Rates for IT contractors could be forced up by new Treasury taxation changes due to come into effect in April, recruitment bodies and accountants have warned.
The Treasury is aiming to tackle what it calls "disguised employment" by contractors who use a managed service company (MSC) to avoid paying the level of national insurance contributions (NICs) and PAYE that those in full employment would.
MSCs are intermediary companies through which the services of a contractor are provided to a client and the contractor is paid in a mixture of wages and dividends. The proposed new legislation would require contractors in MSCs to pay national insurance and PAYE on the full combined wage and dividend payment they receive.
The Treasury estimates it will be able to recover £350m from these changes, which will affect 250,000 workers — not just in the IT sector — who currently work through an MSC.
The Treasury said in its consultation document: "Even if an individual is working through a company but the underlying nature of the contract is one of employment, tax and NICs should be paid at employed levels. But in the vast majority of cases, MSCs are not complying with this legislation. As a result, the strong growth in MSC schemes constitutes a significant and increasing risk to the Exchequer."
The consultation also proposes that when HM Revenue & Customs can't recover unpaid tax from the MSC then third parties such as recruitment agencies would be liable for the bill.
The UK's Recruitment and Employment Confederation (REC) said that while it broadly welcomes the aim of the legislation, the time frame for its introduction is too short.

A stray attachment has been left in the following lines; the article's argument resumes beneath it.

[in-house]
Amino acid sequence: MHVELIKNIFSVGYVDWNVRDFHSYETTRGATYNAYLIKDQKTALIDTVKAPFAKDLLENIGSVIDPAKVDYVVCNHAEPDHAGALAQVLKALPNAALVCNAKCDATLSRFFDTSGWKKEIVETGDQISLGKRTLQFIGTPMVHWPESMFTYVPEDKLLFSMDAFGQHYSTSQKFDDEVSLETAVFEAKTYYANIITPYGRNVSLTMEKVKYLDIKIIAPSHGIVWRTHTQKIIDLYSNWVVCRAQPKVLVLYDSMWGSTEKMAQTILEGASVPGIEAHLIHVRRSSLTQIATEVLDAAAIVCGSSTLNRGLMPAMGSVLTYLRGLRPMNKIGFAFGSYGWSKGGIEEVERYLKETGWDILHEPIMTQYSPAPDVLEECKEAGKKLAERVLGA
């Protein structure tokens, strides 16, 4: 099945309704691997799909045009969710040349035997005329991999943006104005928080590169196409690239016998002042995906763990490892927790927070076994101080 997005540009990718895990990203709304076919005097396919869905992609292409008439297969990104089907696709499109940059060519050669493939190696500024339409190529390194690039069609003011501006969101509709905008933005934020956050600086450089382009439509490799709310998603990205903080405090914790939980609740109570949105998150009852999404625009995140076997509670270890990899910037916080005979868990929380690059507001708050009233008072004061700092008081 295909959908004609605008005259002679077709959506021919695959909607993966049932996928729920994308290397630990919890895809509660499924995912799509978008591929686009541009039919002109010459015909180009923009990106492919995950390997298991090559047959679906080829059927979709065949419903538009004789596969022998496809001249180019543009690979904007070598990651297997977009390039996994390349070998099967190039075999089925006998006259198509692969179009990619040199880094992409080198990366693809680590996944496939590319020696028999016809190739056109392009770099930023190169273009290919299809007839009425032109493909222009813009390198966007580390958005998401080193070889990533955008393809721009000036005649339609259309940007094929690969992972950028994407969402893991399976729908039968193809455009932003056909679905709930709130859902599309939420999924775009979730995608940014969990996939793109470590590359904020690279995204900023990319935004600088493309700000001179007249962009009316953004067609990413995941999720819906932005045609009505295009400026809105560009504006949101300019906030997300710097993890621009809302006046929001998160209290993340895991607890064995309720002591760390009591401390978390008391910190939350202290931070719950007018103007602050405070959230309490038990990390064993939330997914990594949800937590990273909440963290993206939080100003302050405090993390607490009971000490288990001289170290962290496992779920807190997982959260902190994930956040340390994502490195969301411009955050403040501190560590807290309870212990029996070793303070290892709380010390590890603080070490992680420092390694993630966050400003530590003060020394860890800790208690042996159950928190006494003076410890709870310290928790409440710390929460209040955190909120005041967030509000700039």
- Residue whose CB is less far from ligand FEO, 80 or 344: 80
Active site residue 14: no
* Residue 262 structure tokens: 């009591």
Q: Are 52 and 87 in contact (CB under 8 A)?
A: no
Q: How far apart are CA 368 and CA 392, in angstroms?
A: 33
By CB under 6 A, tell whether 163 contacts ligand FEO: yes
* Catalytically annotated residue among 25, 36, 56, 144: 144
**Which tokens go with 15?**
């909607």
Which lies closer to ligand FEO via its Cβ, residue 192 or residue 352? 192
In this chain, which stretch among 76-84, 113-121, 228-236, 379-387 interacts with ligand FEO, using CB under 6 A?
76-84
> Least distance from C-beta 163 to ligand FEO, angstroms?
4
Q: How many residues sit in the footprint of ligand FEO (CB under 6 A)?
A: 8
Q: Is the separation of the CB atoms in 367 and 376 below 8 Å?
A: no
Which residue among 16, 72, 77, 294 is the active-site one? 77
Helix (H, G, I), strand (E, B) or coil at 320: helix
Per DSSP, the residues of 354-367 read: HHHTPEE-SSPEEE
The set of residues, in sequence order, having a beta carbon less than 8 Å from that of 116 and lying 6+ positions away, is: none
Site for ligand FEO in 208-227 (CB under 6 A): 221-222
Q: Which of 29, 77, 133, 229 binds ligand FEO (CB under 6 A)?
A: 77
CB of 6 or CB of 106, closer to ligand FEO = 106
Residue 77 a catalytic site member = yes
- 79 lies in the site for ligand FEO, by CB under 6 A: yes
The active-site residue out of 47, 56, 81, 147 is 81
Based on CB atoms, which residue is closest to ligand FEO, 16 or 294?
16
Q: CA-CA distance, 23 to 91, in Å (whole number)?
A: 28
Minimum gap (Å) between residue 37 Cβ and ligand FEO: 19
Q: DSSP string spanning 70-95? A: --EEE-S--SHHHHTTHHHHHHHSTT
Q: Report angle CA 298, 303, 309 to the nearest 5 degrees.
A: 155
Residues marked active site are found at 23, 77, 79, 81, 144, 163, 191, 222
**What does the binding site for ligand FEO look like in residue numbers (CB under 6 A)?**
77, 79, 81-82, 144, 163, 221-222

Marcia Roberts, chief executive of the REC, said: "We would like it to be deferred until October. There should be a sensible approach. I think there's limited understanding of the marketplace. Contractual arrangements will need to be changed and with it being the end of the tax year it couldn't come at a more inconvenient time."
She also warned that contractors will look to recover the tax lost through having to switch to PAYE by hiking up their rates. "Going to PAYE they will charge more for their services because it will have an impact on their tax position," she said.
Barry Roback, chief executive of IT contractor accountants JSA, warned the new legislation will drive taxation non-compliance underground and push up pay rates.
He said: "It is ironic that the proposed legislation, which was intended to deal with miscreants, will actually make life much more difficult for those who already fully comply with tax laws, while making it much easier for those who are persistent tax evaders."
The Treasury's consultation (click here for PDF), which was launched on 6 December, 2006, closes on 2 March, 2007 and is due to come into effect on 6 April, 2007.
A separate study by RM claims almost half (44 percent) of IT workers are considering giving up their full-time jobs to become contractors.